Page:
Plan for the day
In the morning we would drive up to Tottori, in Tottori we had two sightseeing destinations the Uradome Coast and the sand dunes. Sometimes in the late afternoon we would move forward to Lake Shinji (at Matsue) for its beautiful sunset.
Uradome coast was very lovely, this “relatively tourist unknown” place was definitely lovelier than my expectation. Tottori sand dune was gigantic and Lake Shinji sunset was gorgeous beyond words.
We drove for about two hours westward covering about 107 km before we were near to Uradome Coast. It was hard to miss Uradome Coast as along the road there were already road signs pointing to Uradome Coast ahead. We were not too sure what to expect. Some pictures that I had seen showed white beach, blue sky, turquoise sea and interesting rock formations while others showed downcast sky and greyish dull blue sea. I just hoped that we had come at the right time of the year.
The Uradome Coast stretched for 15 km from Cape Kugami in the east to Shichi-yama (Shichi-san) in the west. We had chosen to explore only a short section of the coast on the western side. I had located six positions on the road where we could access walking paths that led down to the coast.
At location “1” we saw steep steps leading down the coast. Unfortunately along the road near the steps there was no suitable place to safely park the car. We drove on forward, at location “2” we saw a viewing deck and a set-in to park our car. A few steps down the road was a sign board show a map of the coast and near it was the start of a boardwalk leading down to the coast.
There was not a single soul beside us and we got the whole beautiful place to ourselves. The path down the coast was a combination of paved walk, stone steps, wooden board and natural ground. It was not difficult to navigate our way down to the beach.
Uradome coast was more beautiful than our expectation. The sky was so prettily blue and the sea so transparent and turquoise. The rock formations (little granite islands) that jugged out of the water topped with trees and foliage added so much character to the place. The scenery we saw were so un-Japan-like.
We saw a small empty boat in the water and wondered how it got marooned out there. After a while we saw a person in diving suit surfaced from the water. He did not seemed like a fisherman more like a tourist scuba diving. Then a boat arrived with some people on board. It stopped and each person except the boatman took out this cone like apparatus and looked through it into the water. They did not looked like fishermen either so I guessed there must be plentiful of corals or sea flora and fauna under the water.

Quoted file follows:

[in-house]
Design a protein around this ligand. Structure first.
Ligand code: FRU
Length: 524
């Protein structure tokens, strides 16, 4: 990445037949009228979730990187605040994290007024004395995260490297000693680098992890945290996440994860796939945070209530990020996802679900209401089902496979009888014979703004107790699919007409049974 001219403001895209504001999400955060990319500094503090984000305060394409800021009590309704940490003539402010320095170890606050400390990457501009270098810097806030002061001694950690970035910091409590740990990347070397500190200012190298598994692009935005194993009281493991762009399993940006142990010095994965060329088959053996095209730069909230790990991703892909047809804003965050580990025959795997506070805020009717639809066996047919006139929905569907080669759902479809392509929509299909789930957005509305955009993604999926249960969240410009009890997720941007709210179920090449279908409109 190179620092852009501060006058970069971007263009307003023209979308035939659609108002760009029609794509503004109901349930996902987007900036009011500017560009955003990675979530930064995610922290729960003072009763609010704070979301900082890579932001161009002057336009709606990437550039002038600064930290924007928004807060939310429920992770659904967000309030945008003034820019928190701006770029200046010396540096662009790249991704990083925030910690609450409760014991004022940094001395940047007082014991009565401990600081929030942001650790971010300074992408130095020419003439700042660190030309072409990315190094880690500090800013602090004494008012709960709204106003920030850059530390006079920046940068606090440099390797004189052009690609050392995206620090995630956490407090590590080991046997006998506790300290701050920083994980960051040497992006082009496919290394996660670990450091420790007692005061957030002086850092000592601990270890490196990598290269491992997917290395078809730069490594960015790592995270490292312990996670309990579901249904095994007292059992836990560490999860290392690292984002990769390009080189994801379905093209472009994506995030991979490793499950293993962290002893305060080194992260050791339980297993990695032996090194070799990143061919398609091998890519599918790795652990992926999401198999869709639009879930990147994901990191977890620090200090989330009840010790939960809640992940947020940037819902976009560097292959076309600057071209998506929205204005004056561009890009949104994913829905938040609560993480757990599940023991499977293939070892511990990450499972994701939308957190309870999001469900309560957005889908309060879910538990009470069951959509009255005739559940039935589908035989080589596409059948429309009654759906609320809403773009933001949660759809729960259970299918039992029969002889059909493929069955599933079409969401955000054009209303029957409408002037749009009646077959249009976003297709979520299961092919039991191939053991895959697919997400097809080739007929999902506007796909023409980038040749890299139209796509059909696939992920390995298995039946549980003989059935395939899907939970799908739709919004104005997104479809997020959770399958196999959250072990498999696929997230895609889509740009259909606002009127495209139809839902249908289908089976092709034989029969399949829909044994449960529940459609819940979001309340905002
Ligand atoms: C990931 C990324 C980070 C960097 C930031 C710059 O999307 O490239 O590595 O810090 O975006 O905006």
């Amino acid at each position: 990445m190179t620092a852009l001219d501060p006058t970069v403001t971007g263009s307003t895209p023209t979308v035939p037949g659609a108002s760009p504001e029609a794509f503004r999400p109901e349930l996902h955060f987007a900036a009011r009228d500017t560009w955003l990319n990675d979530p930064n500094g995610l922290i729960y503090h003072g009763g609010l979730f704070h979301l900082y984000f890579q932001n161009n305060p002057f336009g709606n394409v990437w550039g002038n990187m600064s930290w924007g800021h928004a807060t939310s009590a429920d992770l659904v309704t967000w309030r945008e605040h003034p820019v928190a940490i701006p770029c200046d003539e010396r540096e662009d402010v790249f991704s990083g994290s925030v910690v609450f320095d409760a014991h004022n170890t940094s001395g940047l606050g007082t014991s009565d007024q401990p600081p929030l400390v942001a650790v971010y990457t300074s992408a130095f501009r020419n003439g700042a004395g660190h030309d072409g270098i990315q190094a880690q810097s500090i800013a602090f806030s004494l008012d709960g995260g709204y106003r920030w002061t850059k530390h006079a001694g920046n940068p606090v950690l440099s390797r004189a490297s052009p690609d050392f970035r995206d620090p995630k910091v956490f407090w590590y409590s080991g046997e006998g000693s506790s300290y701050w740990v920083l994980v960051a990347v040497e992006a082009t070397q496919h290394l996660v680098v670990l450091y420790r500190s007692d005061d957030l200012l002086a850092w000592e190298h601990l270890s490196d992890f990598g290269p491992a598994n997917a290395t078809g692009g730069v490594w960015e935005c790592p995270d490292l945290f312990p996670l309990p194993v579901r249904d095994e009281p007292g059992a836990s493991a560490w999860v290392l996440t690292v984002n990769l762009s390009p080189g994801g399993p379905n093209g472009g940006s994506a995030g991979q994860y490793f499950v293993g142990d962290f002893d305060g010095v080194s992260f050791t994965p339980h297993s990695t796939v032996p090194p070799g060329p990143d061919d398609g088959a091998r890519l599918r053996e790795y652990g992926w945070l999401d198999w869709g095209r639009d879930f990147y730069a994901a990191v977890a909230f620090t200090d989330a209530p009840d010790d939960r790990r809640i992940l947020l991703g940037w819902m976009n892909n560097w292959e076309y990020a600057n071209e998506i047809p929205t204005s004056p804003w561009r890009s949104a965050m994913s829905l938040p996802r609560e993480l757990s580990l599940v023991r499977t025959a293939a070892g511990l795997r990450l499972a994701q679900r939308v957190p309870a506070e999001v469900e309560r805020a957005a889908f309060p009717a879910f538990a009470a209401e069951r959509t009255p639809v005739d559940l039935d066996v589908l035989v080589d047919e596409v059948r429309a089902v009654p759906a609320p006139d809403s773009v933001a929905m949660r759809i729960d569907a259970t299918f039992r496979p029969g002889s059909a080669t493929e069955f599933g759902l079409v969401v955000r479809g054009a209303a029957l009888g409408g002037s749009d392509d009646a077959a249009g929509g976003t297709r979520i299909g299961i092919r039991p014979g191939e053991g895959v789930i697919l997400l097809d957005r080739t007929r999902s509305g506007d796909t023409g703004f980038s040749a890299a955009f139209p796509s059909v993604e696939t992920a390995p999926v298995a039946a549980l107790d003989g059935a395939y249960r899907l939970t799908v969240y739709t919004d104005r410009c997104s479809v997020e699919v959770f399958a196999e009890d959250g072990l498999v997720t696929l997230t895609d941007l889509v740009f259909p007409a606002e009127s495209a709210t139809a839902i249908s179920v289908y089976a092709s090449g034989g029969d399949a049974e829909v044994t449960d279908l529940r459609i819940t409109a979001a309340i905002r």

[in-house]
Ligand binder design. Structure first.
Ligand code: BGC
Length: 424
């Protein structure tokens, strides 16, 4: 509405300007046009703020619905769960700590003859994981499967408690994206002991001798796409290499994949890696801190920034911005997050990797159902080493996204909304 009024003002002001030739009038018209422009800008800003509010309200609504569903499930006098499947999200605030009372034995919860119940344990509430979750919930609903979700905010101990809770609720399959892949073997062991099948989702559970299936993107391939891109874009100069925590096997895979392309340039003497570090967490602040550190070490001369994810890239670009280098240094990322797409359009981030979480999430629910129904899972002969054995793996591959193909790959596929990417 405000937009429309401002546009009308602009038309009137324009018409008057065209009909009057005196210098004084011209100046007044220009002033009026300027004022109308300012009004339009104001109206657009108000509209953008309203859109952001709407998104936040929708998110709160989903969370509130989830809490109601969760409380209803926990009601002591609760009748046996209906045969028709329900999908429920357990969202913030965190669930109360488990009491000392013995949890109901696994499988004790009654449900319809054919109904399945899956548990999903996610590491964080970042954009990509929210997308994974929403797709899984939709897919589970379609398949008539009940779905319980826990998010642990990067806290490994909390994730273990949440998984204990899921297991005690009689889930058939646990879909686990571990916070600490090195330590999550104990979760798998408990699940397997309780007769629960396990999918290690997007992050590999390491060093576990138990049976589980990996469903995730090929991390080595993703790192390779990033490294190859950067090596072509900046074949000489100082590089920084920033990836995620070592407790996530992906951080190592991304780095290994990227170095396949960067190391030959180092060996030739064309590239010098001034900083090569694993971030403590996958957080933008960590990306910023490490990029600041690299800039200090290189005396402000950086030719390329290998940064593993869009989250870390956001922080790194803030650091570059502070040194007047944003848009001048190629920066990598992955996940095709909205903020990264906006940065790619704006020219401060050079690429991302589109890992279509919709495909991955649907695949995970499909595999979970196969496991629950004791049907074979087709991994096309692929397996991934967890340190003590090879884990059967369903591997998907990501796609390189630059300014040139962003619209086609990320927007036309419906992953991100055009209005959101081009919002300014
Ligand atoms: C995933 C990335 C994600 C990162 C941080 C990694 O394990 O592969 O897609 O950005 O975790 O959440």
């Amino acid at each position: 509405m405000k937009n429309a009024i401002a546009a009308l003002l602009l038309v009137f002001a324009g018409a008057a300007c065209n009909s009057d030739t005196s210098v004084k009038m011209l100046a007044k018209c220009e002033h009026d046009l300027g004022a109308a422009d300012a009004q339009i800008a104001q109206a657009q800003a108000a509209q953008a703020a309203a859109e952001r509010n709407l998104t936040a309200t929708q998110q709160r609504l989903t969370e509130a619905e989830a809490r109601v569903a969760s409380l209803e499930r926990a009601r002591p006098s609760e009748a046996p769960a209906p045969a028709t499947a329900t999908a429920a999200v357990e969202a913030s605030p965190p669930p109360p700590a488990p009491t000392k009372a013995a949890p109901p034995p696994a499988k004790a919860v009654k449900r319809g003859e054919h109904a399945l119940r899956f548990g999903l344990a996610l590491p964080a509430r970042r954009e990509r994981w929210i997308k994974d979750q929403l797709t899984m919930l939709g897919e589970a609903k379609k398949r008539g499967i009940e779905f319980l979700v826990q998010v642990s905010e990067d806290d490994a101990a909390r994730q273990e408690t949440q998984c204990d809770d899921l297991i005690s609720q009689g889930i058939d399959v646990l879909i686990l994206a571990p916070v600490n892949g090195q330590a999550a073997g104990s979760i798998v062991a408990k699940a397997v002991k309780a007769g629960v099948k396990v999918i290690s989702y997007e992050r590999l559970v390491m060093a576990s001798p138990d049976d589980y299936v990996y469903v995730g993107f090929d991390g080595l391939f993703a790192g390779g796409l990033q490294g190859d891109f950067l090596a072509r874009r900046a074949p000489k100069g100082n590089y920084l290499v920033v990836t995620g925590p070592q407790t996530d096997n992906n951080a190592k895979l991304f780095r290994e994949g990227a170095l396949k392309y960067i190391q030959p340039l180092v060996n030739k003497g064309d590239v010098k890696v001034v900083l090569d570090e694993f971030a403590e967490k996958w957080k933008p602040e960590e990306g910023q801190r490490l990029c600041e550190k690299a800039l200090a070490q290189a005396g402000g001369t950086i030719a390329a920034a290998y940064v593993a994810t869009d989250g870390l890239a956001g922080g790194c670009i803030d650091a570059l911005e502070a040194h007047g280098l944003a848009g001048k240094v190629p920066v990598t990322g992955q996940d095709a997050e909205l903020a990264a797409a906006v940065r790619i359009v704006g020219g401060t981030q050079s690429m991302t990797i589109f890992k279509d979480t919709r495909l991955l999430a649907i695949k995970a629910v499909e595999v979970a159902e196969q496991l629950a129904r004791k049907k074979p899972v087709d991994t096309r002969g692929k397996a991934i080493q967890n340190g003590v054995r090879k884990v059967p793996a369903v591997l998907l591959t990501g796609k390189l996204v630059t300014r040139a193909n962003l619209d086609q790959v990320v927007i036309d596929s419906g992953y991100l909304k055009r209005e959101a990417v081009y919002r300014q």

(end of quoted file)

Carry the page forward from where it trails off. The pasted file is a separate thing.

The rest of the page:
Beside the numerous granite islets that peppered the coast the beach line was also very corrugated with many in and out curves and coves. Luckily there was a stretch of proper walking path so we were able to get round each outer bend without stepping into the water.
From a higher ground we saw a interesting hole in a huge rock by the sea, “a cathedral cave”? Unfortunately there was no steps or walking path to that huge rock. We searched around and found a thick rope tied to a tree beside an uneven slope. It looked like a possible way down. So down we went! Grabbing the rope we descended slowly and had fun exploring the “cathedral cave”.
After about one and a half hour we were back to our car and drove down the road to “location 6” which was near the jetty. Beside the jetty there were proper parking lots so we left our car there.
We were not done with Uradome coast yet. We were searching for another path to go to another section of the beach/coast. There was a path just beside the parking lot, unfortunately it was roped off for maintenance. So we took another path that went uphill, after a short walk we reached the back of several houses, apparently the path went round the outer rim of a village. Then the path turned toward the sea and went down slope.
This section of the coast had a famous rock island. It was named Sengan Matsushima, this triangular granite rock island of 25 metre high had a solo pine tree at its peak and a hole/cave in its middle created by years of pounding waves. Again we saw a tourist boat ferrying many tourists moving along the coast. It was not in our plan to view the coast on a boat, so I did not know where were the ferry operators. On hindsight viewing the coast on a tour boat could be better as it would definitely cover more of the coast line.
Tottori Sand Dune
We left Uradome coast for Tottori sand dune at about 2 pm. The drive was only 17 km and took 15 minutes. The car park at the dunes was huge with many shops and restaurants. Unlike Uradome coast this place had many visitors. This car park like the previous car park was free.
From the car park we had to walk up a short flight of steps to the beach. As we go up we saw many people shaking sand off their shoes as they came down the steps. I could only hope that my high ankle trekking boots would not allow in too much sand.